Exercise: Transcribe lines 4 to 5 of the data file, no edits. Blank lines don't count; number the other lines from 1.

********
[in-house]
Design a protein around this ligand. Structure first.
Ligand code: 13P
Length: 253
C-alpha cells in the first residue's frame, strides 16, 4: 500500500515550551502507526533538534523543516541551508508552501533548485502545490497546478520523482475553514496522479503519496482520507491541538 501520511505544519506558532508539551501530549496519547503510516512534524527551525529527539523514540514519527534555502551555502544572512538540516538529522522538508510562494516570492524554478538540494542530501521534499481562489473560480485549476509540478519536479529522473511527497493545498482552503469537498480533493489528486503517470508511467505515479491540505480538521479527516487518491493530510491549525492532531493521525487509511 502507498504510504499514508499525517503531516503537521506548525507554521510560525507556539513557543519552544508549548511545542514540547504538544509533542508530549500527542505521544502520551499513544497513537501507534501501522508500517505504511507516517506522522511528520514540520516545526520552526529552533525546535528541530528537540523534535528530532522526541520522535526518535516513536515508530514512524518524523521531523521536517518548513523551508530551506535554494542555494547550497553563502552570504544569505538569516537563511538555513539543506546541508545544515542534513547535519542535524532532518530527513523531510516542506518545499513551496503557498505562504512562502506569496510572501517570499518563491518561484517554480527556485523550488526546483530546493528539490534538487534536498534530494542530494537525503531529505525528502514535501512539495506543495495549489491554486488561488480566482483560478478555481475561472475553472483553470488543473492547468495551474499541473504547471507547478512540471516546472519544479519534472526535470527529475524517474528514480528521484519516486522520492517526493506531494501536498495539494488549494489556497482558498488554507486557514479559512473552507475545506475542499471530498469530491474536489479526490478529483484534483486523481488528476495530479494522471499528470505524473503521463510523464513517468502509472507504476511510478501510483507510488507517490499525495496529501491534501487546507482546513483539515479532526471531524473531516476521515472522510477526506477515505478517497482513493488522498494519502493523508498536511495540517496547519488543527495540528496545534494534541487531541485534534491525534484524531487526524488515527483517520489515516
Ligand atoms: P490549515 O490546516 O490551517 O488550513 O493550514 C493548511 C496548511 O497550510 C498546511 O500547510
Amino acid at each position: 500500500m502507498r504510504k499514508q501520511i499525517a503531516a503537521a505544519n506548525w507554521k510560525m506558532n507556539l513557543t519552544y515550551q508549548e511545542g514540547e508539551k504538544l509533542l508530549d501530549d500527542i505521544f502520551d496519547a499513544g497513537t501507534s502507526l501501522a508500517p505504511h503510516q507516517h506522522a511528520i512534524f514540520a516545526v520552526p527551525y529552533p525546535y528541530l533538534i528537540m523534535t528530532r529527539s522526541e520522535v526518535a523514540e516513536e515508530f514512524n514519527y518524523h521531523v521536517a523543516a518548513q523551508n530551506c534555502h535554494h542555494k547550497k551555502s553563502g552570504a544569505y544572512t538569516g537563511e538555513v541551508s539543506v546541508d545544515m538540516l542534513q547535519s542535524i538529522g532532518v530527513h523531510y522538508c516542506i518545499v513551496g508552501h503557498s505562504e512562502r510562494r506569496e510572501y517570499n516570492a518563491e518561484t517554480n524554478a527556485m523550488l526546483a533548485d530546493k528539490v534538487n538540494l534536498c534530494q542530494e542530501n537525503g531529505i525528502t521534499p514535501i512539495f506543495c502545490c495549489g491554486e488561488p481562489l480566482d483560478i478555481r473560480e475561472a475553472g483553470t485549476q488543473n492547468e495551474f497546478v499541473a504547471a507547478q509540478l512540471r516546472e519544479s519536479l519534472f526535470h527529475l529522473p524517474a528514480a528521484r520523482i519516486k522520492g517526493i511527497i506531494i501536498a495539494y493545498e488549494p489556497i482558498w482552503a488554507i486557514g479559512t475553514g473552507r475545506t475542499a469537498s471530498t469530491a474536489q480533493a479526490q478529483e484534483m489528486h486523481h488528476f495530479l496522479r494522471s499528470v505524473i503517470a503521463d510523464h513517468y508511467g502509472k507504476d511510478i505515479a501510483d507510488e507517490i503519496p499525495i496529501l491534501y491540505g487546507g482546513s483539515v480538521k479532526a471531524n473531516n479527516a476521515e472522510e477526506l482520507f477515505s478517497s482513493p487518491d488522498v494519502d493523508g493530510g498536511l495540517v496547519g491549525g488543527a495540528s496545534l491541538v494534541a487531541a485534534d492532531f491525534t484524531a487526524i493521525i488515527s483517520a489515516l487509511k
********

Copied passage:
Length: 253
C-alpha cells in the first residue's frame, strides 16, 4: 500500500515550551502507526533538534523543516541551508508552501533548485502545490497546478520523482475553514496522479503519496482520507491541538 501520511505544519506558532508539551501530549496519547503510516512534524527551525529527539523514540514519527534555502551555502544572512538540516538529522522538508510562494516570492524554478538540494542530501521534499481562489473560480485549476509540478519536479529522473511527497493545498482552503469537498480533493489528486503517470508511467505515479491540505480538521479527516487518491493530510491549525492532531493521525487509511 502507498504510504499514508499525517503531516503537521506548525507554521510560525507556539513557543519552544508549548511545542514540547504538544509533542508530549500527542505521544502520551499513544497513537501507534501501522508500517505504511507516517506522522511528520514540520516545526520552526529552533525546535528541530528537540523534535528530532522526541520522535526518535516513536515508530514512524518524523521531523521536517518548513523551508530551506535554494542555494547550497553563502552570504544569505538569516537563511538555513539543506546541508545544515542534513547535519542535524532532518530527513523531510516542506518545499513551496503557498505562504512562502506569496510572501517570499518563491518561484517554480527556485523550488526546483530546493528539490534538487534536498534530494542530494537525503531529505525528502514535501512539495506543495495549489491554486488561488480566482483560478478555481475561472475553472483553470488543473492547468495551474499541473504547471507547478512540471516546472519544479519534472526535470527529475524517474528514480528521484519516486522520492517526493506531494501536498495539494488549494489556497482558498488554507486557514479559512473552507475545506475542499471530498469530491474536489479526490478529483484534483486523481488528476495530479494522471499528470505524473503521463510523464513517468502509472507504476511510478501510483507510488507517490499525495496529501491534501487546507482546513483539515479532526471531524473531516476521515472522510477526506477515505478517497482513493488522498494519502493523508498536511495540517496547519488543527495540528496545534494534541487531541485534534491525534484524531487526524488515527483517520489515516